So if you are in the same situation – dealing with infertility and trying to figure out your options with your fertility doctor – here’s more info to help you. So many terms and abbreviations to learn, it can be so confusing and overwhelming.
As always, it is best to consult your doctor sooner rather than later, to determine what your best option is to conceive.
Your fertility specialist may recommend IUI or IVF to conceive.
According to the American Pregnancy Association (APA), intrauterine insemination (IUI), also known as artificial insemination, is a fertility medical procedure that is used to treat some cases of infertility.
During IUI, specially washed and concentrated semen is placed directly into the uterus around the time a woman is ovulating. It can significantly increase the chances of conception because the goal is for more sperm to reach a woman’s fallopian tubes for fertilization.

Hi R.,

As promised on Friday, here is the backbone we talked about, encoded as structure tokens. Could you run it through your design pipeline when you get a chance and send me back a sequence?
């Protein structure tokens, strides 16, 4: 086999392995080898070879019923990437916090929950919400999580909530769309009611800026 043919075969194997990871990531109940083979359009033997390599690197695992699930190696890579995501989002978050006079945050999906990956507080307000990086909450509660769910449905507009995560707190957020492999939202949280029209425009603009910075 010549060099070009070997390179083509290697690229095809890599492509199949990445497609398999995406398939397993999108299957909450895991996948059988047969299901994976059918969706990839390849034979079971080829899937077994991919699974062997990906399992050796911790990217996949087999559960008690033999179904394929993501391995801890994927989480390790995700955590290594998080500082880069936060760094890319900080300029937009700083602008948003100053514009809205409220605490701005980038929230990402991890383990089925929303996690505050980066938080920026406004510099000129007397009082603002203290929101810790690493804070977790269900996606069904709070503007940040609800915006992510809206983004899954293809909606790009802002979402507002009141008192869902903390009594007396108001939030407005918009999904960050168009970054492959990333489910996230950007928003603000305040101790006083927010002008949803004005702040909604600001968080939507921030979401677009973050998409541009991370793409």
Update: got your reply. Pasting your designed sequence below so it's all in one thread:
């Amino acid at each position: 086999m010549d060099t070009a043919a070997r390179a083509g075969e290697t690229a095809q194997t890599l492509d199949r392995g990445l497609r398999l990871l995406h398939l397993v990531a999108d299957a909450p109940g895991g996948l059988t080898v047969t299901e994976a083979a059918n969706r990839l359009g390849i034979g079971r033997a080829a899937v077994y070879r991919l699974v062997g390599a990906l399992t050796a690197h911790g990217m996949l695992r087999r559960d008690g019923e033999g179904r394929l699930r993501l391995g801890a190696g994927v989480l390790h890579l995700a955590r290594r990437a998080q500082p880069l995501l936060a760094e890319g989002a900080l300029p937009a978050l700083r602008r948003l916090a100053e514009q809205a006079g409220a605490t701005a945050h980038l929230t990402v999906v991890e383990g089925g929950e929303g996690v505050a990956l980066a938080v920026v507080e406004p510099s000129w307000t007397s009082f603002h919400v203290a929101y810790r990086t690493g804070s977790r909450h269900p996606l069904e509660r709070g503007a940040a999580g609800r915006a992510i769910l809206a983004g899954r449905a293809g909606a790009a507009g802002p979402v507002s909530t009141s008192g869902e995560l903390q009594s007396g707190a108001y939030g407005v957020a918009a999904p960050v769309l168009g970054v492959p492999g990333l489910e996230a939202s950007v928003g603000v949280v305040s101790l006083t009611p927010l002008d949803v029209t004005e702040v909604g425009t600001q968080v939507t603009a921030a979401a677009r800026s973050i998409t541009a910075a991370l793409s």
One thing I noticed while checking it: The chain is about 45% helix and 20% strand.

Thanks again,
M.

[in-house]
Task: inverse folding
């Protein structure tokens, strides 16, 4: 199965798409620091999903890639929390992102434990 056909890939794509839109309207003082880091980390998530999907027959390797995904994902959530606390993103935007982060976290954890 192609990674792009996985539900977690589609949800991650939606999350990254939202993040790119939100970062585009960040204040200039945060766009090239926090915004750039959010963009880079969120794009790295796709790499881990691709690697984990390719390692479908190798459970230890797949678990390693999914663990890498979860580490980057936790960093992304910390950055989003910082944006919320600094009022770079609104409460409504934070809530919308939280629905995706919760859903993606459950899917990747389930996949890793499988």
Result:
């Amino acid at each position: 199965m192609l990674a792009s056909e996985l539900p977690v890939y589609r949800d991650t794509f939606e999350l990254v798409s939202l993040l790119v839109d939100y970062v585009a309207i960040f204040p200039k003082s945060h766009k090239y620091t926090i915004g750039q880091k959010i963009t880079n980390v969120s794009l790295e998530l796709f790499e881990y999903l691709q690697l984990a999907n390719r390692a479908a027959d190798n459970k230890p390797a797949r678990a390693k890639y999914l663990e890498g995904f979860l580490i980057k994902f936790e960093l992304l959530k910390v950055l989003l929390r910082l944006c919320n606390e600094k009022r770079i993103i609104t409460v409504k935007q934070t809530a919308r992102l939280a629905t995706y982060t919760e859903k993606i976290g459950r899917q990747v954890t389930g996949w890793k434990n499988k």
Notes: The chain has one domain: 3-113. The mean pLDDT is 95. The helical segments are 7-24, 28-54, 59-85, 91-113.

IUI provides the sperm an advantage by giving it a head start but still requires a sperm to reach and fertilize the egg on its own. According to APA, it is a less invasive and less expensive option compared to in vitro fertilization.
APA defines in vitro fertilization as an assisted reproductive technology (ART) commonly referred to as IVF. IVF is the process of fertilization by extracting eggs, retrieving a sperm sample, and then manually combining an egg and sperm in a laboratory dish. The embryo(s) is then transferred to the uterus.
This process requires more medications and is more expensive, but success rates are better than IUI. It all depends on the reason(s) behind the infertility.
I highly recommend reading IVF A Detailed Guide: Everything I Wish I Had Known Before Starting My Fertility Treatments by Bianca Smith – an author who underwent IVF treatment herself. It reads like a girlfriend fertility coach helping you along the way. Lots of tips to help you ask the right questions of your fertility doctor/clinic, understand the many tests/surgical treatments, and just make sense of the whole process.